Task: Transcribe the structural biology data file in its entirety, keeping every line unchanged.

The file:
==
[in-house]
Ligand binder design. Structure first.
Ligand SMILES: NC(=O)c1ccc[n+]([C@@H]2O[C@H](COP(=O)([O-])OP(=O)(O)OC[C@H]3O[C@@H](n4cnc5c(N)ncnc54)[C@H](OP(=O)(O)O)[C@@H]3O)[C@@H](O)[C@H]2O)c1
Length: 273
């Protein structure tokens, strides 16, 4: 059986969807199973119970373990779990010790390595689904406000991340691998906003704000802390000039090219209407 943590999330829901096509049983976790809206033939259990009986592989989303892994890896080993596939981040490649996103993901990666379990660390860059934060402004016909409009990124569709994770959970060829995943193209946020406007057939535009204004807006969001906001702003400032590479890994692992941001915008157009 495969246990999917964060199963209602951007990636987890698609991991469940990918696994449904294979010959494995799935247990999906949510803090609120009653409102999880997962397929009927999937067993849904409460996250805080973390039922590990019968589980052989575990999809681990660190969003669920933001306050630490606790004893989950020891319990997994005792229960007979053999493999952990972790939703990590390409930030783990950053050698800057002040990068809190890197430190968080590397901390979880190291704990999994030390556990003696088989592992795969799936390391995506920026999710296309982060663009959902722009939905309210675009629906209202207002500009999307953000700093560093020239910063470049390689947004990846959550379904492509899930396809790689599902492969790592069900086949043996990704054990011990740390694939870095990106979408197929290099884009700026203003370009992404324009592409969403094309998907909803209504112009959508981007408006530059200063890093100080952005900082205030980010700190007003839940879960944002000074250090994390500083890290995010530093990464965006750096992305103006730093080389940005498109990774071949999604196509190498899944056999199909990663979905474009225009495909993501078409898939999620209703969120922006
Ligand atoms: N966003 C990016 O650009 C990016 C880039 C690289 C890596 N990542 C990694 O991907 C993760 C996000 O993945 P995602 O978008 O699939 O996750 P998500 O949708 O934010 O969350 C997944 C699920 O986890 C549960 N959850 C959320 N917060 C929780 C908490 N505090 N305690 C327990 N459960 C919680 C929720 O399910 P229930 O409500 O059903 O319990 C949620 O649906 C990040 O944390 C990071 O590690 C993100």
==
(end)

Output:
[in-house]
Ligand binder design. Structure first.
Ligand SMILES: NC(=O)c1ccc[n+]([C@@H]2O[C@H](COP(=O)([O-])OP(=O)(O)OC[C@H]3O[C@@H](n4cnc5c(N)ncnc54)[C@H](OP(=O)(O)O)[C@@H]3O)[C@@H](O)[C@H]2O)c1
Length: 273
């Protein structure tokens, strides 16, 4: 059986969807199973119970373990779990010790390595689904406000991340691998906003704000802390000039090219209407 943590999330829901096509049983976790809206033939259990009986592989989303892994890896080993596939981040490649996103993901990666379990660390860059934060402004016909409009990124569709994770959970060829995943193209946020406007057939535009204004807006969001906001702003400032590479890994692992941001915008157009 495969246990999917964060199963209602951007990636987890698609991991469940990918696994449904294979010959494995799935247990999906949510803090609120009653409102999880997962397929009927999937067993849904409460996250805080973390039922590990019968589980052989575990999809681990660190969003669920933001306050630490606790004893989950020891319990997994005792229960007979053999493999952990972790939703990590390409930030783990950053050698800057002040990068809190890197430190968080590397901390979880190291704990999994030390556990003696088989592992795969799936390391995506920026999710296309982060663009959902722009939905309210675009629906209202207002500009999307953000700093560093020239910063470049390689947004990846959550379904492509899930396809790689599902492969790592069900086949043996990704054990011990740390694939870095990106979408197929290099884009700026203003370009992404324009592409969403094309998907909803209504112009959508981007408006530059200063890093100080952005900082205030980010700190007003839940879960944002000074250090994390500083890290995010530093990464965006750096992305103006730093080389940005498109990774071949999604196509190498899944056999199909990663979905474009225009495909993501078409898939999620209703969120922006
Ligand atoms: N966003 C990016 O650009 C990016 C880039 C690289 C890596 N990542 C990694 O991907 C993760 C996000 O993945 P995602 O978008 O699939 O996750 P998500 O949708 O934010 O969350 C997944 C699920 O986890 C549960 N959850 C959320 N917060 C929780 C908490 N505090 N305690 C327990 N459960 C919680 C929720 O399910 P229930 O409500 O059903 O319990 C949620 O649906 C990040 O944390 C990071 O590690 C993100």